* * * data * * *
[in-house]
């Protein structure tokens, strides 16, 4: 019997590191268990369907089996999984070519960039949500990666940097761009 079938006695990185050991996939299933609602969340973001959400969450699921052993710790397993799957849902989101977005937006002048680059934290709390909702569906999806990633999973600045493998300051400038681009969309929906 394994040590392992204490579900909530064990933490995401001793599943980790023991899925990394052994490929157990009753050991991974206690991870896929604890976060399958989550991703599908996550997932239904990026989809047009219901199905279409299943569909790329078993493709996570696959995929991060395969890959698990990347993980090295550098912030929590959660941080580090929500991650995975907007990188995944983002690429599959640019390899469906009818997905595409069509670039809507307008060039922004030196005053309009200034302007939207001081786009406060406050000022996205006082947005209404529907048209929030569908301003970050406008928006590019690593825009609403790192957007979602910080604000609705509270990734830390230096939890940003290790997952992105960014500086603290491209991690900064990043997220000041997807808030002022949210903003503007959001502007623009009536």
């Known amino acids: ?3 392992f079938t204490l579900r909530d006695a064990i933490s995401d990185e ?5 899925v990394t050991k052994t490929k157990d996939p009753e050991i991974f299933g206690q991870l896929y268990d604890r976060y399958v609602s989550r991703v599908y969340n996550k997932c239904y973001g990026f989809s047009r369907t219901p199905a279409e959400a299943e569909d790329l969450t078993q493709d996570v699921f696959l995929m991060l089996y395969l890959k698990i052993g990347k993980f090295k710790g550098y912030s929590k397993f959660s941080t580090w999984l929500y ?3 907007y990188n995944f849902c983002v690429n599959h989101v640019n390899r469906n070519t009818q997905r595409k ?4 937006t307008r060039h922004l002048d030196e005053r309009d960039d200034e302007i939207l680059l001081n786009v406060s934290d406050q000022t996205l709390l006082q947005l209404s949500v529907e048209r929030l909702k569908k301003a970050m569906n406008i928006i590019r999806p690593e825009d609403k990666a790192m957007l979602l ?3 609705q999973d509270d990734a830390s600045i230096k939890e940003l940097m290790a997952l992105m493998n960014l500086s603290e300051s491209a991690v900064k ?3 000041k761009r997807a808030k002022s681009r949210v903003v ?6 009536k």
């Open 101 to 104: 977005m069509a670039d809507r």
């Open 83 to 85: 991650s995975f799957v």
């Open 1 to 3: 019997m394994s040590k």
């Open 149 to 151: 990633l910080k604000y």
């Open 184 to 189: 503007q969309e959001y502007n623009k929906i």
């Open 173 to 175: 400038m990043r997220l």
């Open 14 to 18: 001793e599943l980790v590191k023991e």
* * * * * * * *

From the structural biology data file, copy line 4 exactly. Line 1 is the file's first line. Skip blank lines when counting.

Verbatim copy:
């Open 101 to 104: 977005m069509a670039d809507r």